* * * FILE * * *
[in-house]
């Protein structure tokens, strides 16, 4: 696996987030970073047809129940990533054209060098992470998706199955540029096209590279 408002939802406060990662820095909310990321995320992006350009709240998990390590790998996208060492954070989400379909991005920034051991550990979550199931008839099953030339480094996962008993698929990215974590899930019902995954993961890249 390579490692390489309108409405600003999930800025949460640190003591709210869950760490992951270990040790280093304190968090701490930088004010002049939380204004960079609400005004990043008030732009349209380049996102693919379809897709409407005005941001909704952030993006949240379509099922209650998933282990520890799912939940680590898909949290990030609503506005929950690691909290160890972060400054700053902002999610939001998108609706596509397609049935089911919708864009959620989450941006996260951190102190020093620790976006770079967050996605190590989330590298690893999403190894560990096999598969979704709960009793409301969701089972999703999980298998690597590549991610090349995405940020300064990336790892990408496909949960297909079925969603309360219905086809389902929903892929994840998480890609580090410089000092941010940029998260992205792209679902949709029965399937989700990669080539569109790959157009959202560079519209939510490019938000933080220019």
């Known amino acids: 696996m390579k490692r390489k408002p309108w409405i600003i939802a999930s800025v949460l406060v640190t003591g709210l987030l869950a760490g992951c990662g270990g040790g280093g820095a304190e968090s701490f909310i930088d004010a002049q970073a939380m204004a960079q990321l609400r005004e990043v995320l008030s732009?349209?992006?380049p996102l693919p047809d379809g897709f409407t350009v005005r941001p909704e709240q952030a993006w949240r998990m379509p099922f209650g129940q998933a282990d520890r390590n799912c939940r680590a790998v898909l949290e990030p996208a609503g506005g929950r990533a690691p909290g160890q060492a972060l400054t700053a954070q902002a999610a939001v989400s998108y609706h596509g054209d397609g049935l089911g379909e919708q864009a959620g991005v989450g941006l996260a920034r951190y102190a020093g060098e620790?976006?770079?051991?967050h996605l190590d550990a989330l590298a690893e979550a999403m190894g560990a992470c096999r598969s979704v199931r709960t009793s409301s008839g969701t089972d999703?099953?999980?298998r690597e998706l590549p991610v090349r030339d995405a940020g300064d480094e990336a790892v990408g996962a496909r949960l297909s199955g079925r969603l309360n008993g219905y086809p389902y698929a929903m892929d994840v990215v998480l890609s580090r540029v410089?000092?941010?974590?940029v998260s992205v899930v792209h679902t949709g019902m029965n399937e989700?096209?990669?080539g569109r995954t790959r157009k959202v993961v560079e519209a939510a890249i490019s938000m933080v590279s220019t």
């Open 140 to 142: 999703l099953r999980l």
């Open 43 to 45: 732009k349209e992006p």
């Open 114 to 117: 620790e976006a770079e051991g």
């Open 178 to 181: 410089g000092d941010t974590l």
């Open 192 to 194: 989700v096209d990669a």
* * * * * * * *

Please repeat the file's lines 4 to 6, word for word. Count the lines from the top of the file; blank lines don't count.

């Open 140 to 142: 999703l099953r999980l």
């Open 43 to 45: 732009k349209e992006p």
């Open 114 to 117: 620790e976006a770079e051991g």